With this, the state also withdrew an earlier circular no. 39 T of 2019 that provided for deemed adoption of all circulars issued by the CBIC by the MGSTD. The state, however, said that all central circulars issued till withdrawal of this circular would enjoy status quo and would be adopted for implementation of the MGST Act.

What this means is that the state would have flexibility in devising regulations to suit its interest rather than blindly following the central circulars.

In the fourth year since the GST’s implementation, this is second major resistance mounted by states over implementation of GST laws. The states already strongly resisted the Centre’s move on GST compensation and pushed it to frame regulations that protected their interest.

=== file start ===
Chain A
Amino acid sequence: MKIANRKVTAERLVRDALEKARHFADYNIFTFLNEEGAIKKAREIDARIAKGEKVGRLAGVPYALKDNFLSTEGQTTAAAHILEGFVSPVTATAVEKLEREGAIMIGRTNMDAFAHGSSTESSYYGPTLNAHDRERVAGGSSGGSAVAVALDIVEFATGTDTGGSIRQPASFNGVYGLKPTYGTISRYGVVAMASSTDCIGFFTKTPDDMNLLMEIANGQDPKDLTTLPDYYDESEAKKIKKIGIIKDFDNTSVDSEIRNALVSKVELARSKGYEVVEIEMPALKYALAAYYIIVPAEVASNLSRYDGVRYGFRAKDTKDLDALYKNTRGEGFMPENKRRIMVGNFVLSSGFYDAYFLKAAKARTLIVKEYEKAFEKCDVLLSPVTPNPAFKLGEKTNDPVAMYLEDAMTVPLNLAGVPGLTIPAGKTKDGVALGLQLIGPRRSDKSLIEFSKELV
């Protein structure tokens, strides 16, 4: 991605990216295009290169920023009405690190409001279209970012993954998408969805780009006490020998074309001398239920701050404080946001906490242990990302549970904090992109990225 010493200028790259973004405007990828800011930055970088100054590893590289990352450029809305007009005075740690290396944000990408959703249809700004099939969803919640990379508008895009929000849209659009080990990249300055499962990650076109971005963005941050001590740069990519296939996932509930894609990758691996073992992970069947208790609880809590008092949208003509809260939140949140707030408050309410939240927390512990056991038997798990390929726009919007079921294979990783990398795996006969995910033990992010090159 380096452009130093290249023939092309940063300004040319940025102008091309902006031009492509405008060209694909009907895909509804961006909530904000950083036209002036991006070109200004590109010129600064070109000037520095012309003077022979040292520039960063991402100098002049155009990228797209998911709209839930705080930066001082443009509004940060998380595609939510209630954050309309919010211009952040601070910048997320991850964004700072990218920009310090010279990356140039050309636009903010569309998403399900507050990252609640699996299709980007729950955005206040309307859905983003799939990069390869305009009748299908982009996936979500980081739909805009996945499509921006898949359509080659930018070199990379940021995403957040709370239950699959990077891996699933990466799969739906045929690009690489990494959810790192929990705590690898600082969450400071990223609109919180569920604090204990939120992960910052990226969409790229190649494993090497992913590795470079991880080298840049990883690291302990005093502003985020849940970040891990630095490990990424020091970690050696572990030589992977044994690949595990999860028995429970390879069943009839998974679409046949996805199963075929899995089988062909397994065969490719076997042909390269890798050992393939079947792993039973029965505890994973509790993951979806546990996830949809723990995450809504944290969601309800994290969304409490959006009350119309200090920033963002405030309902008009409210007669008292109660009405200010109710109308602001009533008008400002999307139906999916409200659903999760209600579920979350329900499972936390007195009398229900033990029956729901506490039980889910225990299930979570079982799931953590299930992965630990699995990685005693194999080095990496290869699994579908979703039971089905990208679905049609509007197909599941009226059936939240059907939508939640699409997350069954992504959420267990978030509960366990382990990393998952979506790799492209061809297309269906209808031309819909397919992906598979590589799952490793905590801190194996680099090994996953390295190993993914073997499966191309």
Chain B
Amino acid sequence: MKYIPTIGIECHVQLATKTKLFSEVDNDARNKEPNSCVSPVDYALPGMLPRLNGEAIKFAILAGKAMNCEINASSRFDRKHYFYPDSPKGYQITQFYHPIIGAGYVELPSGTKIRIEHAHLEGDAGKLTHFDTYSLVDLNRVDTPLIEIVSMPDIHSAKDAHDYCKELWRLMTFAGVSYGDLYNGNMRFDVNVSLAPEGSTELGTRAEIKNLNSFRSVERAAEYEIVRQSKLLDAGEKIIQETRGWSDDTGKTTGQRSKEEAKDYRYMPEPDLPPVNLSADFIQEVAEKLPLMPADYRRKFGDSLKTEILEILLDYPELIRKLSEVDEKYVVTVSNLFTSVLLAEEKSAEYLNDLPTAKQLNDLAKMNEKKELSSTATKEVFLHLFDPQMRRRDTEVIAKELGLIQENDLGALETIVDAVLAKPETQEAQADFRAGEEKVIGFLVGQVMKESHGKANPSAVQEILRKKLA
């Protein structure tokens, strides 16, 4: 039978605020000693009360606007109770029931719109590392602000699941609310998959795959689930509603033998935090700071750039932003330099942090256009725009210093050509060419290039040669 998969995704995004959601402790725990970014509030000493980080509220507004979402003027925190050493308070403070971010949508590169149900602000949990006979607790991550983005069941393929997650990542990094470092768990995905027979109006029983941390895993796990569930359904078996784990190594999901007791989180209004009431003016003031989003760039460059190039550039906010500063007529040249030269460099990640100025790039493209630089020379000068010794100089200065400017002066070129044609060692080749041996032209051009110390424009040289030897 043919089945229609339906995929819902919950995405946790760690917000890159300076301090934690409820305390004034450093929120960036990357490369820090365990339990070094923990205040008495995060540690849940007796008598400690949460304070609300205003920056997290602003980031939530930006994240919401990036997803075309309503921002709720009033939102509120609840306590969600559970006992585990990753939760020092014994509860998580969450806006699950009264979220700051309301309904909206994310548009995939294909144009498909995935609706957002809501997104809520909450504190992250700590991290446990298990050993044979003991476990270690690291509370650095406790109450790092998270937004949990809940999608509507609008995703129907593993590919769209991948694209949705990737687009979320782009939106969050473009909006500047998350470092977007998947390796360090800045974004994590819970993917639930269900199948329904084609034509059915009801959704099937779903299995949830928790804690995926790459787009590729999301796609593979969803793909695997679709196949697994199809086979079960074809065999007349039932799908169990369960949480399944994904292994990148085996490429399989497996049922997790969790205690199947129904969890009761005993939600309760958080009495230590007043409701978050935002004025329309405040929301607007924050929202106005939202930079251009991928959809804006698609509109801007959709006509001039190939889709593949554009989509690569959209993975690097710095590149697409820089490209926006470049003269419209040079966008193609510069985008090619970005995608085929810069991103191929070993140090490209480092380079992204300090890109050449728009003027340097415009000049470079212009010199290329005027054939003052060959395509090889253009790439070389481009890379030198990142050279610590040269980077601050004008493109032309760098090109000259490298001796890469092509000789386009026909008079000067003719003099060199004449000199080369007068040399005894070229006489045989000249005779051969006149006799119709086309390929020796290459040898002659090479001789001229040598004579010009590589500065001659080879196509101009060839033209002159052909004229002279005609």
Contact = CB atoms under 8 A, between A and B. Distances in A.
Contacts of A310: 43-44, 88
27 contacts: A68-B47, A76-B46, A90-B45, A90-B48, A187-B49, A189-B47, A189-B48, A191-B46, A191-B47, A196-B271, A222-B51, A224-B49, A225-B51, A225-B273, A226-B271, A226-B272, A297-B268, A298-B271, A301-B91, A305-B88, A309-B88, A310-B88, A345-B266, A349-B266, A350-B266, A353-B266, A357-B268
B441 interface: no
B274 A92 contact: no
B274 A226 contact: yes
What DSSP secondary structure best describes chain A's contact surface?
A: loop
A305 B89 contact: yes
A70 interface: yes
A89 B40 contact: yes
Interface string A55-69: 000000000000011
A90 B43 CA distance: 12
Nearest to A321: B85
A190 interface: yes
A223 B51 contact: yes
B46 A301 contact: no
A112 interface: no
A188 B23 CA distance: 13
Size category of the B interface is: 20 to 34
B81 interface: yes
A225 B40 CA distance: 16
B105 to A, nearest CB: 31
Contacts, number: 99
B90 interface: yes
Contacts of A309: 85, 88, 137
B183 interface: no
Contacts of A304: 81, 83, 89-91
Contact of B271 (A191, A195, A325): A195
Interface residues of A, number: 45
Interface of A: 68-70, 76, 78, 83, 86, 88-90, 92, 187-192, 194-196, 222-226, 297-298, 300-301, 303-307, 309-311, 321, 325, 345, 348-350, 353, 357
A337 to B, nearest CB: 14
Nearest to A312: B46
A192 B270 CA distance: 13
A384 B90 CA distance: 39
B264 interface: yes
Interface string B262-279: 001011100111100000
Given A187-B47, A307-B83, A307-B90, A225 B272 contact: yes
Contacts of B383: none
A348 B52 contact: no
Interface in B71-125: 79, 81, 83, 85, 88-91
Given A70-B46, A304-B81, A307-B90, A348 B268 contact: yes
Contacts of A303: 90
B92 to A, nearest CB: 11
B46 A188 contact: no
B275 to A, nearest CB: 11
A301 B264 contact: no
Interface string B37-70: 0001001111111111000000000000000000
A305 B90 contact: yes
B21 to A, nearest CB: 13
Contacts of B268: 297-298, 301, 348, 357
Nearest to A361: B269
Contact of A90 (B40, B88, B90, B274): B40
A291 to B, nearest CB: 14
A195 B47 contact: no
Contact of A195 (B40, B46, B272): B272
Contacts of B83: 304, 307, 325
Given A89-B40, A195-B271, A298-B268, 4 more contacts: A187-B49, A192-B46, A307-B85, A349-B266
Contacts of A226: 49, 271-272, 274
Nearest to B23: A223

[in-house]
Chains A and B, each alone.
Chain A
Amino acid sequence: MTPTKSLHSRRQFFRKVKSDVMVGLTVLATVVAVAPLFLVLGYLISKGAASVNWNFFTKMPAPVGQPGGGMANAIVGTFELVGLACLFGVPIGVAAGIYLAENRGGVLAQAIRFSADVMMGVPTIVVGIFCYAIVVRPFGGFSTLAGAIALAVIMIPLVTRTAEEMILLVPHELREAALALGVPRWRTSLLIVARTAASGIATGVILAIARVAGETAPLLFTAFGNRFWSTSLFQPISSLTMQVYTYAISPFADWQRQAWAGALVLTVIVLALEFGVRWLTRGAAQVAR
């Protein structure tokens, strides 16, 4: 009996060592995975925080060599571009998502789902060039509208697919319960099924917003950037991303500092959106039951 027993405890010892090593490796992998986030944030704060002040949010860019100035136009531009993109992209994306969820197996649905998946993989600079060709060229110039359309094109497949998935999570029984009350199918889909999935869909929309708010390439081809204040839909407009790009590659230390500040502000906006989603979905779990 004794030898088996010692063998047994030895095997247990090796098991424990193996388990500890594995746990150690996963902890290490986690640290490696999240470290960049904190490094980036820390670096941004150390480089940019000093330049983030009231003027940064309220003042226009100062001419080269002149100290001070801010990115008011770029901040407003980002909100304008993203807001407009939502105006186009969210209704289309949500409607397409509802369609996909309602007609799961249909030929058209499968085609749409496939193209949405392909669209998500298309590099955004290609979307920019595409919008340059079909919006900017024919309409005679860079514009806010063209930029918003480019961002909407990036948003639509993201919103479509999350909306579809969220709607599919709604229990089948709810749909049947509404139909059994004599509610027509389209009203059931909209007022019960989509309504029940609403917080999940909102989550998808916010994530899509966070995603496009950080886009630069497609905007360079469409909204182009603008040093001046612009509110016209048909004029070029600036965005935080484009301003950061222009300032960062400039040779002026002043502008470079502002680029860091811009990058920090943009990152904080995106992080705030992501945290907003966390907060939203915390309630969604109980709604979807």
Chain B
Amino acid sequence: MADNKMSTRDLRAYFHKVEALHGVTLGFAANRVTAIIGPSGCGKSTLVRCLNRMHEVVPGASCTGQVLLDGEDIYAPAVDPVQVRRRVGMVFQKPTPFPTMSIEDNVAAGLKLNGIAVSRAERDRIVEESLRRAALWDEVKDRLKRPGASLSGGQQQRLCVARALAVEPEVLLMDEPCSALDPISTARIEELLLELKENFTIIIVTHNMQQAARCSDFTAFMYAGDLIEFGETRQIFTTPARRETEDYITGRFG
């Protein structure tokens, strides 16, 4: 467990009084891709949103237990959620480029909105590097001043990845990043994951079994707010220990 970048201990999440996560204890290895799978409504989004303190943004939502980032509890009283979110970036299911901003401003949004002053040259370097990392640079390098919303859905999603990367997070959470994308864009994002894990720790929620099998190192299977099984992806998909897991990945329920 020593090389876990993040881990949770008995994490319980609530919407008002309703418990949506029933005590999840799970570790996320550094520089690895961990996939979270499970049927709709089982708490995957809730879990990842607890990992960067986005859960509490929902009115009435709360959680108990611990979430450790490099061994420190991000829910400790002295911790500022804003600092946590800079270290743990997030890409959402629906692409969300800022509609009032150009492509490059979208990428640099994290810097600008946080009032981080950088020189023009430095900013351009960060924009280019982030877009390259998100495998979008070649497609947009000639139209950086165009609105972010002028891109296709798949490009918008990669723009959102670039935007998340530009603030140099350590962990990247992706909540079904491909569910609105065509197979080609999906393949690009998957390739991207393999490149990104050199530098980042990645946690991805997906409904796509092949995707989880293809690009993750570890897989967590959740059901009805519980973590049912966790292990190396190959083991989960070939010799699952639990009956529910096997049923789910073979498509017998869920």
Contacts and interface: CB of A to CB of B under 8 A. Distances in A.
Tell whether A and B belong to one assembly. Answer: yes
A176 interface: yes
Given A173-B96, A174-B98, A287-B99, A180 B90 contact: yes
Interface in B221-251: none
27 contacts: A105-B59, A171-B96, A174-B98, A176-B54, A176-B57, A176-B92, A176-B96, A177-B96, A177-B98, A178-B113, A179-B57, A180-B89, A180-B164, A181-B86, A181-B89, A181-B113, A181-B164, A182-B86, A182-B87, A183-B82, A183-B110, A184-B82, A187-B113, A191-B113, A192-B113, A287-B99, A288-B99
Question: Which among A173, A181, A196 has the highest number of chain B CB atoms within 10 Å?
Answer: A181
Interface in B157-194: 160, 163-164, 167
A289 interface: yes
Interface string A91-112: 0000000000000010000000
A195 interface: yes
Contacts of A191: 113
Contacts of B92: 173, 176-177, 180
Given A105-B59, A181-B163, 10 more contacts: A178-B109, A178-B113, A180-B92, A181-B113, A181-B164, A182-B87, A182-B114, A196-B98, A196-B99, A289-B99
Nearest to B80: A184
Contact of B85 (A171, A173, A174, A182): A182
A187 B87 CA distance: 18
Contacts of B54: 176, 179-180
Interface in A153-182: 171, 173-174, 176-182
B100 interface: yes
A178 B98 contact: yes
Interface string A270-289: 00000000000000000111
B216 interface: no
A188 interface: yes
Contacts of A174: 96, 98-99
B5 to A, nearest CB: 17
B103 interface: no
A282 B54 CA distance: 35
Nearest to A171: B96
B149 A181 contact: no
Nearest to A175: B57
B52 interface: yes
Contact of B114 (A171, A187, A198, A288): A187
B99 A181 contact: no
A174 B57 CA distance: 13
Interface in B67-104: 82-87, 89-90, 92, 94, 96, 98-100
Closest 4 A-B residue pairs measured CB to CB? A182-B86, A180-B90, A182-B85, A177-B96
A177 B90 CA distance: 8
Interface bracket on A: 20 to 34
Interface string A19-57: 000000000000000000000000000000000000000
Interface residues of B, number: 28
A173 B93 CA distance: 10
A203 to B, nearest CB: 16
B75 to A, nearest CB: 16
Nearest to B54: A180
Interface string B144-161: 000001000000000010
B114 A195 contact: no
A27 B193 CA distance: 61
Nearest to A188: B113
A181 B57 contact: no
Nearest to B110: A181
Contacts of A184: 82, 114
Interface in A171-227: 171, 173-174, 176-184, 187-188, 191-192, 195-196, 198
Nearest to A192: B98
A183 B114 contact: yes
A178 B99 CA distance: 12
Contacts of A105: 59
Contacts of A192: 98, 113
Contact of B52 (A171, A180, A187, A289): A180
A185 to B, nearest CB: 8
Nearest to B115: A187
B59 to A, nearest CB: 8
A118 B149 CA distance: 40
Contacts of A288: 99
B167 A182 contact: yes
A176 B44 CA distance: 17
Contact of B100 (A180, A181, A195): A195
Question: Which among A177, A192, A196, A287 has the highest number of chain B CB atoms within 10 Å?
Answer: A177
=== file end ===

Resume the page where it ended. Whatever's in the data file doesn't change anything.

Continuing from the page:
“Biggest fears of model code for a federal democratic country like India are coming true even before the completion of its 4th anniversary of GST. Fight between the Centre and states over compensation for loss has already reached judiciary, and now the state government of Maharashtra has also issued clear instructions that they will have parallel set clarifications on same matters which will supersede the clarifications issued by the Central government,” said Rajat Mohan, senior partner, AMRG and Associates.

Maharashtra has justified its move suggesting that it is to maintain the integrity of communication and avoid confusion caused as to which circular instructions are to be followed. Sources, however, said it has been done as on several matters, states had a divergent view on how things needed to be implemented. In additional, unique nature operational issues in the state, created difficulties in adoption of central regulations.